If you stick around any place long enough you’ll find that you’re often able to predict trouble spots in most of your standard and repetitive procedures. The place where I didn’t expect it to show up this week was in finding myself personally responsible for one of the 60 people who just didn’t bother to show up as scheduled.
It turns out that even though 59 other people received the voluminous email messages addressed to “Dear Random Major Event Attendees”, and showed up as directed, email is “not a sufficient way to communicate.” The other, simpler, possibility is that someone just didn’t bother to read and follow the directions that got, literally, every other person on the list to the right place at the right time.
Look, I don’t mind taking my lumps when I well and truly fuck something up. By all means, lay it on. However, when the fault lies plainly on the 1 in 60 that failed to comply, well, I don’t know what to tell you… Maybe plus up the budget a bit so we can hire a full time invitation engraver?
If you’re wondering what the deal is with that word up there in the title line, it represents the total number of emails I received today. Being a careful shepherd of my limited supply of vacation days, I realized that burning one off on the Monday before Independence Day was likely to be a tragic waste of resources. I thought this for two reasons 1) I was scheduled to work from home today anyway and 2) Virtually no one who can avoid it is going to come in to work on a single day between a weekend and a federal holiday.
My assessment of the situation proved to be entirely accurate although just how dead it proved to be was well beyond my expectations. Neither of the messages I received called for immediate action… and in fact one of them was just thanking me for providing some information requested last week.
I don’t have a years long study to back up this supposition, but I’d be willing to stake my questionable reputation on the fact that Uncle Sam could save a shit ton of money by just closing up shop on these oddball occasions that pin a work day between two days off. Then again, if Sam went around doing things that made sense on a regular basis, I’m not sure I’d even recognize the place. I suppose we’ll just carry on then.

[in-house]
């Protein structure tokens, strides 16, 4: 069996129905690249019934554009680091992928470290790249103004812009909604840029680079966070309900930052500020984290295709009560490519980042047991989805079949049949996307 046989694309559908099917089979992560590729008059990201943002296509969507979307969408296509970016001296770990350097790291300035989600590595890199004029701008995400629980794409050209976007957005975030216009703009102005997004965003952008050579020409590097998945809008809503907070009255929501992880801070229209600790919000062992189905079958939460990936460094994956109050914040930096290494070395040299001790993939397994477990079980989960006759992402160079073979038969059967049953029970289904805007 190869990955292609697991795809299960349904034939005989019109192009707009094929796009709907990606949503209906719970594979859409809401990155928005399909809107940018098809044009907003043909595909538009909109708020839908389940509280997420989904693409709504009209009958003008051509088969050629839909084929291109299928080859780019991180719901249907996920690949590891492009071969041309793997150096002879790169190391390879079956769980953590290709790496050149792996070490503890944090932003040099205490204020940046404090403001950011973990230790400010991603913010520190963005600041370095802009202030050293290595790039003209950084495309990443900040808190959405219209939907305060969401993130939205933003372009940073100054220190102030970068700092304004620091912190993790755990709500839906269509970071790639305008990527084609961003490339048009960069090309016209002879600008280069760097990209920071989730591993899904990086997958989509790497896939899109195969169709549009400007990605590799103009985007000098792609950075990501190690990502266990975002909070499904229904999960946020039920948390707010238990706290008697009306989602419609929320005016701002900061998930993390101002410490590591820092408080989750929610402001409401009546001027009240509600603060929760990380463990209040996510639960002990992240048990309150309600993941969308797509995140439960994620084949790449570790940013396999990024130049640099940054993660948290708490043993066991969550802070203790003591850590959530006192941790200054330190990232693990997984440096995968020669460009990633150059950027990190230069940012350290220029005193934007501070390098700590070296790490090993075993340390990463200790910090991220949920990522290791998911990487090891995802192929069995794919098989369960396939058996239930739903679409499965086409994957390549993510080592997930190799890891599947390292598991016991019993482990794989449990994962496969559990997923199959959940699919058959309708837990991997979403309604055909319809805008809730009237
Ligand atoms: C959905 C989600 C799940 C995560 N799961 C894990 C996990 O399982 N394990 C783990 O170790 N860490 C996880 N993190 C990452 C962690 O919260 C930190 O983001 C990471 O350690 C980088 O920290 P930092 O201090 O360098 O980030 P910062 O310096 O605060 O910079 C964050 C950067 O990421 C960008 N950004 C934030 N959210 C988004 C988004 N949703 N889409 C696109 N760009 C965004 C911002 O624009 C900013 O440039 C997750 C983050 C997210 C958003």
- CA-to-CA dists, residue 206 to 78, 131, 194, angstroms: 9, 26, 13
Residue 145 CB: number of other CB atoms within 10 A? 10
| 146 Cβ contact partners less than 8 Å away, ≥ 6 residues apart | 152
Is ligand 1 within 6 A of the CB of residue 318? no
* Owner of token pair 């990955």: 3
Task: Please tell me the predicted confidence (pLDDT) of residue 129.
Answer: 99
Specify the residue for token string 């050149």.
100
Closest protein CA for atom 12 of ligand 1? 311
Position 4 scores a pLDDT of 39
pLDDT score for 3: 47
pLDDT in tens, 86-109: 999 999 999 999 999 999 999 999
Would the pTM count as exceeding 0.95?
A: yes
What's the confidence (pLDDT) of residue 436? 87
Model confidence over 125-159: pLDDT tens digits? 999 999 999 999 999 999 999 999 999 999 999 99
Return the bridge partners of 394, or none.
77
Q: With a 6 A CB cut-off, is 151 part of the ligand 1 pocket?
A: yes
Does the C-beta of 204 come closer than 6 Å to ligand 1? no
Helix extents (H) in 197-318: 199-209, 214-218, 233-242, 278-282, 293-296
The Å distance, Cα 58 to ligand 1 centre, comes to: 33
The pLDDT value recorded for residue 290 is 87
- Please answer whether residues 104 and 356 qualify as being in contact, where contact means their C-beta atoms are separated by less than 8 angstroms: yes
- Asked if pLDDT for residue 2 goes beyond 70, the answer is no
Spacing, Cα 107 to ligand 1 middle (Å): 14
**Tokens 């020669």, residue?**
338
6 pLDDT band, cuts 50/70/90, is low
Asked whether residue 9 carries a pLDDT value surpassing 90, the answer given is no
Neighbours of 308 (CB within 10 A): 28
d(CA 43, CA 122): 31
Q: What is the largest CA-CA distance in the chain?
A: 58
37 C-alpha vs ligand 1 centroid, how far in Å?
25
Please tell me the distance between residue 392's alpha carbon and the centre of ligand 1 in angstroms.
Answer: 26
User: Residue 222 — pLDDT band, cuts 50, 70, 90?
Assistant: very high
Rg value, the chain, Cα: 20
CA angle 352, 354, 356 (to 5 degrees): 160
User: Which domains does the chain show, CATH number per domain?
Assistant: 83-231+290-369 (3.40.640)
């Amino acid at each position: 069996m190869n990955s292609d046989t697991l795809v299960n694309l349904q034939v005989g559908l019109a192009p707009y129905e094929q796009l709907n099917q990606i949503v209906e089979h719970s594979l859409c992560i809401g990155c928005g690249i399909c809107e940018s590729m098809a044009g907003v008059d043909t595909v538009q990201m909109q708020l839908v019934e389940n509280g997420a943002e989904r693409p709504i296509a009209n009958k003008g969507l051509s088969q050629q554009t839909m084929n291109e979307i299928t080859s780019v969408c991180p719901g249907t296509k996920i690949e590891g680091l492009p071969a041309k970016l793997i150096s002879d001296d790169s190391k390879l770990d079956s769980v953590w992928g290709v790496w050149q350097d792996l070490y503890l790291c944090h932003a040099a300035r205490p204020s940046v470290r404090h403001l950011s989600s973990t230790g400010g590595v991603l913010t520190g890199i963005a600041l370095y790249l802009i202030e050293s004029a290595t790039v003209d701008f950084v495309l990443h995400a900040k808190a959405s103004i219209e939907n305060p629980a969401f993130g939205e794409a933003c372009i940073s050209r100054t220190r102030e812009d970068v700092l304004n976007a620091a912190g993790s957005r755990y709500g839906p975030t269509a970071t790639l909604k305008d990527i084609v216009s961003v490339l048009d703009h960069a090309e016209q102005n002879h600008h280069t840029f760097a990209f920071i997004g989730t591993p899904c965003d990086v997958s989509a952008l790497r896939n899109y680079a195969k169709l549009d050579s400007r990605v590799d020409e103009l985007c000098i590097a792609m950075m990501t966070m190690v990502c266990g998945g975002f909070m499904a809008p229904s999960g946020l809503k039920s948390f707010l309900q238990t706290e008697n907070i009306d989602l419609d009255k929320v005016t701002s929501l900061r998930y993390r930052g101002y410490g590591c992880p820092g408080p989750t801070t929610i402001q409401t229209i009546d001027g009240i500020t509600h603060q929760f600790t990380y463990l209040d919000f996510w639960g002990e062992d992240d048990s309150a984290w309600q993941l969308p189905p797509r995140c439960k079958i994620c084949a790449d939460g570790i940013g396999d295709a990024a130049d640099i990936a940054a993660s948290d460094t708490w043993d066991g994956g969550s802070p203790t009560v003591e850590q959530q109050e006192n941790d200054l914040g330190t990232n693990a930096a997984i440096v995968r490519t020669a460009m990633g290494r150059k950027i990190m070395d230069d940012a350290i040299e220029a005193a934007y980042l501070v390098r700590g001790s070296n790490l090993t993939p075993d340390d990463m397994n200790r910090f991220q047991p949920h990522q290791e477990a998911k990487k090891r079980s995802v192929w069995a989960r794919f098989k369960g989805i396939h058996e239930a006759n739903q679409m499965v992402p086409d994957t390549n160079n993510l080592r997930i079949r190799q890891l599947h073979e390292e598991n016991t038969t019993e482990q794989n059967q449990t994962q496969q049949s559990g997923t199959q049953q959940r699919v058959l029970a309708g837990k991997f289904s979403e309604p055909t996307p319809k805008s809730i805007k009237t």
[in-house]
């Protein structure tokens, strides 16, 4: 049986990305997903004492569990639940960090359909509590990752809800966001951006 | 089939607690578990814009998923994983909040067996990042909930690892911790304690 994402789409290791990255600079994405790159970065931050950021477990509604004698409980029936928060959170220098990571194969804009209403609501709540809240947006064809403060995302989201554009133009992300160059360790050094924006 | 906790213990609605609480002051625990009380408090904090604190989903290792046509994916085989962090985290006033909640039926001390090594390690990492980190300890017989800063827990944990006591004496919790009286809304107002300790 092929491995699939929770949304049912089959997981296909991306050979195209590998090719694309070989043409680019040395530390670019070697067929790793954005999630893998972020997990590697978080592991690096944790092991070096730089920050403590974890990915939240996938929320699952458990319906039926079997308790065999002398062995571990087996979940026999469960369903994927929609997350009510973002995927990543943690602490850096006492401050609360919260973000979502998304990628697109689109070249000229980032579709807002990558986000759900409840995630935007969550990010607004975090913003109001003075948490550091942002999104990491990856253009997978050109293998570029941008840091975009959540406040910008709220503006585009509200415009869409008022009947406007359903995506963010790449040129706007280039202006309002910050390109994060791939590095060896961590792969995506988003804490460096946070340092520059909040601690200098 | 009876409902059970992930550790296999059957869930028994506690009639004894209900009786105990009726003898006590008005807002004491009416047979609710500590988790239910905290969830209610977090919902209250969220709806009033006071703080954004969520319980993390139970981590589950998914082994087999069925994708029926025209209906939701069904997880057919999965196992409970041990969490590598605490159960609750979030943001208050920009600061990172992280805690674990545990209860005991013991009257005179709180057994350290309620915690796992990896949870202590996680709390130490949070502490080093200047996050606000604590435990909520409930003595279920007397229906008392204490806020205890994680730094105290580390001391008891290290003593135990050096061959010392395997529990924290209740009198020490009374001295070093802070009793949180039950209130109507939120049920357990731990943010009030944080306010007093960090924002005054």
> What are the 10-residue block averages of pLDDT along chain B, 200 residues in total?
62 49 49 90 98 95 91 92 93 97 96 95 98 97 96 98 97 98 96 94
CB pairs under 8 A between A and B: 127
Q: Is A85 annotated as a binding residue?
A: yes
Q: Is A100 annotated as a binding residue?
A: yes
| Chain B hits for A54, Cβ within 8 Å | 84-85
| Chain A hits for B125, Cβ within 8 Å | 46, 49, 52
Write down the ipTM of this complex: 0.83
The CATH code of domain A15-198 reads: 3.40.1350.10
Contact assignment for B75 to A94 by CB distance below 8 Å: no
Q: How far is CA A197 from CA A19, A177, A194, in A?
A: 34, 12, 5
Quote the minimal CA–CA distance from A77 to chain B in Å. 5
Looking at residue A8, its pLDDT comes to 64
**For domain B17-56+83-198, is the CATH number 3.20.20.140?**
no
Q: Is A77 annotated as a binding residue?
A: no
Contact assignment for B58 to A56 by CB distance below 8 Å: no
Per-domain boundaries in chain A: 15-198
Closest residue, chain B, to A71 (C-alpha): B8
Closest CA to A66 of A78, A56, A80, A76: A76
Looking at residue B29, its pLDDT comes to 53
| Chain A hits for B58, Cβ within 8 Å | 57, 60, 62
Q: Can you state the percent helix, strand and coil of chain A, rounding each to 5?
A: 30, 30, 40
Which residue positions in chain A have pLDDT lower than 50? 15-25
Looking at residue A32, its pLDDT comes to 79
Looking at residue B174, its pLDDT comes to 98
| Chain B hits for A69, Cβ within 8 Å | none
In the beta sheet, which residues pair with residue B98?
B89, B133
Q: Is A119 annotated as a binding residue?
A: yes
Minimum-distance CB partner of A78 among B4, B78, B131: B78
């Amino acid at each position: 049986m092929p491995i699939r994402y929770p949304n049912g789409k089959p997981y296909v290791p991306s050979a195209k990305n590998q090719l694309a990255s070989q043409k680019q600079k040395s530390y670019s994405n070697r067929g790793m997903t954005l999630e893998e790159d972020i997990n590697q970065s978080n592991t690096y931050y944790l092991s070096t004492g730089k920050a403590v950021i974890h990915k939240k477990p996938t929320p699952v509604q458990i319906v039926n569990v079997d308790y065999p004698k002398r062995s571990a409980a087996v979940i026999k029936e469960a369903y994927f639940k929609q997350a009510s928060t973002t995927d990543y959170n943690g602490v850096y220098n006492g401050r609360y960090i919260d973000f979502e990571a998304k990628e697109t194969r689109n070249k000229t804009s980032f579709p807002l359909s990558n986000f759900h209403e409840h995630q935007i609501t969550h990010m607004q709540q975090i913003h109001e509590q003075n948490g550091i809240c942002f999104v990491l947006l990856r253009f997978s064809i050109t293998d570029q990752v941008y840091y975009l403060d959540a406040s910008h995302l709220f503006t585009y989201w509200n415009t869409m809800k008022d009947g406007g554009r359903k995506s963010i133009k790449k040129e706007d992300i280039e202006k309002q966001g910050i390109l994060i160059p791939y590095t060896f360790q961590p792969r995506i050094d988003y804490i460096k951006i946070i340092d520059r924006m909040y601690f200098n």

My inbox is a war zone. It’s a maelstrom of electronic strife sorting itself daily between the dozens of easy to do things that each take 1-2 minutes or the majestically hard to do ones that command hours and days of constant attention just to sort out. I find if I focus too long on clearing the deck of the easy to do, hard stuff becomes a raging hairy beast. If I focus on the growing beast, however, the easy multiplies until I find myself as Gulliver – surrounded, cut off, and overrun by Lilliputians.
Time management “experts” will tell you to only respond to email at certain times of the day and give you tips and tricks on how to run triage and only engage the “really important” bits. I don’t know who these lunatic experts work for, but every SOB that lobs an email at my box expects an answer. Yes, some are more timely than others, but it’s the rare gem that gets flat out ignored.
To me, it feels like nothing so much as a grand opportunity to pick your poison. On any given day you’re entitled to a death by 1000 cuts or by a enormous rock falling on your head from a great height. Maybe some days, if you really foul things up right and proper you can have both simultaneously, but don’t get greedy because you’ll have to rise again tomorrow and fight the battle all over again.